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Nutrient Requirements of Nonhuman Primates: Second Revised Edition, 2003
TABLE 7-2 Estimates of Thiamin Requirement
Daily Air-Dry Diet Consumption
Type of Diet
Thiamin Levels Studied
No deficiency signs, maintained weight
15 µg·BWkg-1·d-1 for maintenance
Waisman and McCall, 1944
Waisman and McCall, 1944
Dose divided by time to replete deficient monkeys
15.5 µg·BWkg-1·d-1 for maintenance
Rinehart et al., 1948
Waisman (1944), Cooperman et al. (1945), and Greenberg and Moon (1963). The signs of deficiency in rhesus monkeys include growth failure, “freckled” dermatitis, incoordination, faulty grasping reflexes, impaired vision, scanty hair coat, reduced red-cell count, anemia, leukopenia, fatty liver, blindness, and eventual death. The dermatitis begins as small, dry, red spots about the face and progresses to dark scabs over the entire body. The severe anorexia seen in thiamin deficiency has not been observed.
There are two reports on the riboflavin requirement of macaques. The riboflavin concentration required to cure deficiency signs and allow excretion in the urine of animals weighing 3-4 kg was 25-30 µg·BWkg-1·d-1 (total intake, 90 µg) (Cooperman et al., 1945). In another investigation, the requirement of monkeys weighing 3 to 4 kg was estimated to be 41 µg·BWkg-1·d-1; this estimate was based on the difference in urinary excretion of riboflavin between animals receiving sufficient riboflavin and those fed a deficient diet for 5 weeks (Greenberg, 1970).
Mann et al. (1952) and Mann (1968) described riboflavin deficiency in capuchin monkeys (Cebus albifrons). Weight loss, dermatitis, alopecia, ataxia, and sudden death were the reported signs. Severe anemia did not develop in capuchin monkeys, although seen consistently in rhesus monkeys. The concentration of plasma riboflavin was considered a good indicator of riboflavin status. A riboflavin intake of 50-55 µg·BWkg-1·d-1 was required to restore maximal growth rate in deficient animals. That represented a daily supplement of 30-40 µg of riboflavin in a basal diet furnishing 10-15 µg·BWkg-1·d-1 (Mann et al., 1952). Although the weights of the animals were not specified, monkeys used in similar studies in the same report, but not involved in the requirement study, weighed 0.9-1.4 kg and consumed 40-60 g of diet per day.
Foy et al. (1964, 1972) and Foy and Kondi (1984) described riboflavin deficiency in the baboon (Papio anubis) as characterized by weight loss, apathy, severe dermatitis, anemia, gingivitis, diarrhea, and adrenal cortical hemorrhage. The dermatitis progressed to nodular lesions that formed mud-pack-like masses on the face, arms, legs, and feet. The lesions extended into the lower third of the esophagus (Foy and Kondi, 1984). An increased concentration of xanthurenic acid, but not of anthranilic acid (both are metabolites of tryptophan), was found in the urine of riboflavin-deficient baboons by Foy et al. (1964). Increased anthranilic acid but unchanged concentrations of xanthurenic acid in the urine were reported by Verjee (1971). No explanation for the different findings was offered. An erythroid aphasia characterized by a fall in marrow erythroid activity leading to reduced hemoglobin, packed-cell volume, and total blood volume was reported in baboons made riboflavin-deficient. A reversal of the albumin:globulin ratio also was observed (Foy et al., 1964, 1968; Foy and Kondi, 1968).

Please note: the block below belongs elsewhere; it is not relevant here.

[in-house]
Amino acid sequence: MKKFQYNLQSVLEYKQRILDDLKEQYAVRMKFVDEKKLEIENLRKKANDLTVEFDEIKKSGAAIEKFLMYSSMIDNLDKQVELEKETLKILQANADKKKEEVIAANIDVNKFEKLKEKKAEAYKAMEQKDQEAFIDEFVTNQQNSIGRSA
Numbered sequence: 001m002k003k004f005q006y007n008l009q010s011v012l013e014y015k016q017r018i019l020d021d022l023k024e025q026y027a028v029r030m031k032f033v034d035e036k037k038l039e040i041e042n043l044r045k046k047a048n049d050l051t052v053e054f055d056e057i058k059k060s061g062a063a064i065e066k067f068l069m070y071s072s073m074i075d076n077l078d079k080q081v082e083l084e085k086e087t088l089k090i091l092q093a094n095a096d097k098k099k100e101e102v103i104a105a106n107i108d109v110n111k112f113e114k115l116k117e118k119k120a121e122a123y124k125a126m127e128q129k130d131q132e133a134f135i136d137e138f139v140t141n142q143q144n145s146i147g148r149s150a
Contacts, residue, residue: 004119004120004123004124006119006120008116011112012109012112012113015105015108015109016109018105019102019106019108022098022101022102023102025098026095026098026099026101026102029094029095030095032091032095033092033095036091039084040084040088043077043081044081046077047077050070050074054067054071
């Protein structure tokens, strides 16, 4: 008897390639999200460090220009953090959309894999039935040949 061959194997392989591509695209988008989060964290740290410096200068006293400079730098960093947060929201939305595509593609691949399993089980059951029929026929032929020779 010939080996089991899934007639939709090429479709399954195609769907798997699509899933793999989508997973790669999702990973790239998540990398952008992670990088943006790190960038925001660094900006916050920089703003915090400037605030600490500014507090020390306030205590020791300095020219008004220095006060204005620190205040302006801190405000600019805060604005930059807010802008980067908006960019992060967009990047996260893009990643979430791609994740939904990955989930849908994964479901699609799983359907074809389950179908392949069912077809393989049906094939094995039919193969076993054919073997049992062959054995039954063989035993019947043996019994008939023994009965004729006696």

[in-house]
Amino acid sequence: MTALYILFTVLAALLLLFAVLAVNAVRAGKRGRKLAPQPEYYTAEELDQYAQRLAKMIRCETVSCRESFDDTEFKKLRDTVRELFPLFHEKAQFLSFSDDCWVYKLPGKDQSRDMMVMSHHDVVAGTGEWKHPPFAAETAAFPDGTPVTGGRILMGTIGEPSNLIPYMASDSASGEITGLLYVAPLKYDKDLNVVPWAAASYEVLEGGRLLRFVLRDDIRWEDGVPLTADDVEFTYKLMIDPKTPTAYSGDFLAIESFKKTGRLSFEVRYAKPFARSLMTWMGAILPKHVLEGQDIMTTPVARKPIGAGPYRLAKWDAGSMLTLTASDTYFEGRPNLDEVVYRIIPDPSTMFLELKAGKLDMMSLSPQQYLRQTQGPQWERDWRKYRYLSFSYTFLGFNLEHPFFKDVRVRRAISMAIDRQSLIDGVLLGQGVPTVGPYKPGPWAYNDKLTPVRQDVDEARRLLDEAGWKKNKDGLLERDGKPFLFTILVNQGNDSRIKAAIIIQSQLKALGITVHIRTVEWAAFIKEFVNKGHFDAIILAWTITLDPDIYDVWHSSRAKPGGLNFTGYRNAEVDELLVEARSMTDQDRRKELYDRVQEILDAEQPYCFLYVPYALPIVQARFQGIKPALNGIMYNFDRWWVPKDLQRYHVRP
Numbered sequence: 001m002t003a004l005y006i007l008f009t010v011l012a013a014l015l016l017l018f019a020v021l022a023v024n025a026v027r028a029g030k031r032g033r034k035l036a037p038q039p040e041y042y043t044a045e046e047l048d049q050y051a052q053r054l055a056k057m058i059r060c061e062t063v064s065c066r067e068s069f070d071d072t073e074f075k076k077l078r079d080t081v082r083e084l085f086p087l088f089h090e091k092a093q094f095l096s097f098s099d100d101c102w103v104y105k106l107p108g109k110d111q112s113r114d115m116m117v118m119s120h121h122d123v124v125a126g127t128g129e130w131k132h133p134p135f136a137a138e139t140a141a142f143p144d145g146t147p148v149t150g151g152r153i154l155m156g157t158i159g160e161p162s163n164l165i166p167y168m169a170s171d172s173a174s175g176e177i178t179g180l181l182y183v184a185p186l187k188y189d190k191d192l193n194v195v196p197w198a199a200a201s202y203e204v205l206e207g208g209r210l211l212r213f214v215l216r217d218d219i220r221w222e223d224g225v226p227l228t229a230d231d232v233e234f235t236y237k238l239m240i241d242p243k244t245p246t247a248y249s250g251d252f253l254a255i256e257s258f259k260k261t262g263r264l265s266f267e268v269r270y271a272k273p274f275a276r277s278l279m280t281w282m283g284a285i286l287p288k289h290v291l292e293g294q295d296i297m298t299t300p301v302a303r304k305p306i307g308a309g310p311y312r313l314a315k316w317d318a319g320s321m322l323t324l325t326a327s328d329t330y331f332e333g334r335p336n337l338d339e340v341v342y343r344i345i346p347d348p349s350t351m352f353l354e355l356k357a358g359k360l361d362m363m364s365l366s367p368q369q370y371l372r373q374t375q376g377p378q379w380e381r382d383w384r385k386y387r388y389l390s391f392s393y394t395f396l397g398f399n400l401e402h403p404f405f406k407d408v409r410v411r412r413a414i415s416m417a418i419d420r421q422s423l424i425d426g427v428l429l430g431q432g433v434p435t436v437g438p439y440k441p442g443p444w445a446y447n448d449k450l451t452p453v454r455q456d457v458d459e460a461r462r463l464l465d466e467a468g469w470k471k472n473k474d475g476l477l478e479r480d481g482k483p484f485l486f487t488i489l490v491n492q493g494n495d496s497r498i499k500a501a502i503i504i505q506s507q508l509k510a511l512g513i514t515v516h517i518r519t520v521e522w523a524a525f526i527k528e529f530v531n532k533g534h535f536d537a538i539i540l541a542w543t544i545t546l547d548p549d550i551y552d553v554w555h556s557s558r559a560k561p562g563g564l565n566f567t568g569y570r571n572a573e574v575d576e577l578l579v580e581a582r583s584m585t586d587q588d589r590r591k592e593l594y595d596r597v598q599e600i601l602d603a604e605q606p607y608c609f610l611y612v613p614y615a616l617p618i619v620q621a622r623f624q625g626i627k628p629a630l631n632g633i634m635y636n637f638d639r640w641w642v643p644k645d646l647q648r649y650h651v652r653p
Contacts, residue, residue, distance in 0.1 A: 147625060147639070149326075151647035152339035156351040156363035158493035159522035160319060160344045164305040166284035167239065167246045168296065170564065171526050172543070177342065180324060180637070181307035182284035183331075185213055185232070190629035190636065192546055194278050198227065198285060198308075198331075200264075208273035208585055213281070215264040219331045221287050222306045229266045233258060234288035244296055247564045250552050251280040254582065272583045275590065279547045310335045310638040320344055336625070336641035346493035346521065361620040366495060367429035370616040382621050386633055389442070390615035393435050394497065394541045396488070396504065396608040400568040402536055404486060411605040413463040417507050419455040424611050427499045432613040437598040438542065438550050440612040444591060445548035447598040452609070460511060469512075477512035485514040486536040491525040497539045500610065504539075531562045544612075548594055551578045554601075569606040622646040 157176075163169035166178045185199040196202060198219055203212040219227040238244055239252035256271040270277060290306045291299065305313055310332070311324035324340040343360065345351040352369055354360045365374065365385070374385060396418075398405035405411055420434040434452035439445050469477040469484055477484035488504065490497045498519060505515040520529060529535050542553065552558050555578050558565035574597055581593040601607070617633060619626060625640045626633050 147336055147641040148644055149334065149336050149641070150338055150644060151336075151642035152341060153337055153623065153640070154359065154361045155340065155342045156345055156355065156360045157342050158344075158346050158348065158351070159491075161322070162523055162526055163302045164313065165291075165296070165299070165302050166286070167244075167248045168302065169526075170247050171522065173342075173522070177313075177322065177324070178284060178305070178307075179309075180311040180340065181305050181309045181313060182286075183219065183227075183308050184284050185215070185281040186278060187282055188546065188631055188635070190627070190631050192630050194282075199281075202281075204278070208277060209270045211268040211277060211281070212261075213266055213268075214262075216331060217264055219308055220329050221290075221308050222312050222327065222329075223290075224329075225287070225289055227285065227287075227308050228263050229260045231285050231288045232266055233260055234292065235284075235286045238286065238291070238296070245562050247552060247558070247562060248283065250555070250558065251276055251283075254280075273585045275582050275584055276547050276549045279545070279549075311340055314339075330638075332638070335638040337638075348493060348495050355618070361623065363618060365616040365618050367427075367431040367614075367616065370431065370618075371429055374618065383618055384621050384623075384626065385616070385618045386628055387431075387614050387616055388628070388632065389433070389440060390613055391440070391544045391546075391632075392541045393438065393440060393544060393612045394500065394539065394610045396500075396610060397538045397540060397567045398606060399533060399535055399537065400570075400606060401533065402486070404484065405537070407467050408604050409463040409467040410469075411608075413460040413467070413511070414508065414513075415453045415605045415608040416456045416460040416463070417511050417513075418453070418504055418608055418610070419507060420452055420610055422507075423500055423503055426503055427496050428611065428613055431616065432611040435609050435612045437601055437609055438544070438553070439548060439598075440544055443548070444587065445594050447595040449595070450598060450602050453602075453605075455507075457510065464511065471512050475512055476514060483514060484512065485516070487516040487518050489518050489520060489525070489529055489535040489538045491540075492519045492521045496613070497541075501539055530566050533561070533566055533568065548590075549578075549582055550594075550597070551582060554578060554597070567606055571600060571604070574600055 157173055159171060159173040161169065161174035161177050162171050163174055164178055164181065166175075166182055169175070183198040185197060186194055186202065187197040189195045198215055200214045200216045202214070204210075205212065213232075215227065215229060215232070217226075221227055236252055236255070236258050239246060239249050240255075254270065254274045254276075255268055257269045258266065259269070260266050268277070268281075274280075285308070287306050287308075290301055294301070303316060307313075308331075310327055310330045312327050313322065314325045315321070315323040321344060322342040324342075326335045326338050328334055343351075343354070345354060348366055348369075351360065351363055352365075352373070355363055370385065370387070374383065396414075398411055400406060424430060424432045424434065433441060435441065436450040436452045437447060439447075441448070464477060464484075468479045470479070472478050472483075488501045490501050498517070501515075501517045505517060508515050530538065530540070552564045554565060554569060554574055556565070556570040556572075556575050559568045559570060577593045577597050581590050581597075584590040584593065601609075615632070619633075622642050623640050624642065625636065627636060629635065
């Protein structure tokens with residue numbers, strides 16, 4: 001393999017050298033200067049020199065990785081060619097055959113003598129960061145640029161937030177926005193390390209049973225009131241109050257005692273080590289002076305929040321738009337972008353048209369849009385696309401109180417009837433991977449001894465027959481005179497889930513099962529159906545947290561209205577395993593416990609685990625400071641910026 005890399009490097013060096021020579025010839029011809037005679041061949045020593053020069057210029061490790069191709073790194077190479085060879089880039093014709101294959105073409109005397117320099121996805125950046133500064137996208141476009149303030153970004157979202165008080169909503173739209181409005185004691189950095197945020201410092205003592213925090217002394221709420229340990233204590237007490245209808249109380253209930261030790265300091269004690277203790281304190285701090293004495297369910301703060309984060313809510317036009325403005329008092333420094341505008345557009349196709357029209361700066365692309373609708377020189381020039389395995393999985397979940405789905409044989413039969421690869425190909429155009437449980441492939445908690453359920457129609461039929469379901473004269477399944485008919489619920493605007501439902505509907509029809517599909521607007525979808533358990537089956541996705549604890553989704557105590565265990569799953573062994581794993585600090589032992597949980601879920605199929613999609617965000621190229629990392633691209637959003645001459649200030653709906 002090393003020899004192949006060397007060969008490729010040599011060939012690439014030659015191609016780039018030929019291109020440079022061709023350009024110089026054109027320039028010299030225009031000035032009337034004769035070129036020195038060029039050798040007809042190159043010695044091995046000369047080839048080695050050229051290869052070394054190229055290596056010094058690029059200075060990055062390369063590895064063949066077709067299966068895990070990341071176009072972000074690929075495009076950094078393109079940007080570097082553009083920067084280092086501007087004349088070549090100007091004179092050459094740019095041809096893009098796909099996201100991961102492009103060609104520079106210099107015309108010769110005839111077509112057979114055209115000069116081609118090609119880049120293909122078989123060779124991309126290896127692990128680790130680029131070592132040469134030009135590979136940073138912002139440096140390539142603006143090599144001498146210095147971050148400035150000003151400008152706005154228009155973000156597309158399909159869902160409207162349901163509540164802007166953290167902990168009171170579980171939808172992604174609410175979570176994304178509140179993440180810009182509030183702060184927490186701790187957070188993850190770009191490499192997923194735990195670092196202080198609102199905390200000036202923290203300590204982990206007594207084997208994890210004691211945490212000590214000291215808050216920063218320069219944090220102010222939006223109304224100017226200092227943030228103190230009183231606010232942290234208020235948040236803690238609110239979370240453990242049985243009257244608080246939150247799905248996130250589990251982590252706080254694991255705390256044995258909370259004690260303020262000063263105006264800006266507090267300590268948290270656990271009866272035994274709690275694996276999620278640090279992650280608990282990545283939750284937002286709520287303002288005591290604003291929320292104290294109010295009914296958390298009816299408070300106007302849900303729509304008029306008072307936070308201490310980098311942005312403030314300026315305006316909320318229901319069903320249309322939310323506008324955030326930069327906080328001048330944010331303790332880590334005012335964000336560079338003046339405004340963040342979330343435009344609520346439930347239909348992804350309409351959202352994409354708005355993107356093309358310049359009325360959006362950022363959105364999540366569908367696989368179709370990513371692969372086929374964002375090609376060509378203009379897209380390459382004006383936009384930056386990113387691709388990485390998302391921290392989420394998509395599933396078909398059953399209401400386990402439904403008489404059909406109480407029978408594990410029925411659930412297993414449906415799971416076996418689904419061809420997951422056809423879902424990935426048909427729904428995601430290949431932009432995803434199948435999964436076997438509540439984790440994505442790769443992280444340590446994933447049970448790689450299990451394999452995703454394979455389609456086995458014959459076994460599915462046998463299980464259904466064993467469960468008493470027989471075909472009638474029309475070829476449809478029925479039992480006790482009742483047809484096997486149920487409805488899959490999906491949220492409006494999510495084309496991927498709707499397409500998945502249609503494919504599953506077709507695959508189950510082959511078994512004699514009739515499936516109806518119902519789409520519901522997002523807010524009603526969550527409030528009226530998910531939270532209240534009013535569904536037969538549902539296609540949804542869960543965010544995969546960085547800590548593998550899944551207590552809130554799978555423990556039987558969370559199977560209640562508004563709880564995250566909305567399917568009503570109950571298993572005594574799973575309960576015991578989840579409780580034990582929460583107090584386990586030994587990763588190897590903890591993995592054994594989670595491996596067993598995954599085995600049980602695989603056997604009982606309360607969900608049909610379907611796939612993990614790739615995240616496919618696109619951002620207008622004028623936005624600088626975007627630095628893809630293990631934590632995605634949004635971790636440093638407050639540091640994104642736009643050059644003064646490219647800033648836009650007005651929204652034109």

The signs of riboflavin deficiency in the baboon were reversed with a therapeutic dose of about 10-50 mg of riboflavin per animal per day for 3-7 days (Foy and Kondi, 1968). No attempt was made to see whether the same effect could be achieved with smaller doses.
There are insufficient data to show whether different species of primates have similar or different riboflavin requirements. The estimated riboflavin requirement of nonhuman primates has been set at 1.7 mg·kg-1 of dietary DM. That requirement is based on studies with purified diets fed to rhesus and capuchin monkeys, summarized in Table 7-3.
Pantothenic acid is a part of coenzyme A, which is involved in metabolic acetylation reactions. Coenzyme A serves as a cofactor in the tricarboxylic acid cycle, in fatty-acid synthesis and degradation, and in the formation of acetylcholine in nervous tissue (Plesofsky-Vig, 1996, 1999). Biologic availability of pantothenic acid in the average American human diet is estimated to be about 50% (Tarr et al., 1981; Institute of Medicine, 1998). The supplemental form usually added to diets is D-calcium pantothenate, equivalent in activity to 85% pantothenic acid.
McCall et al. (1946) reported that pantothenic acid deficiency in rhesus monkeys (Macaca mulatta) resulted in lack of growth, anemia, loss of hair, and ataxia. Only partial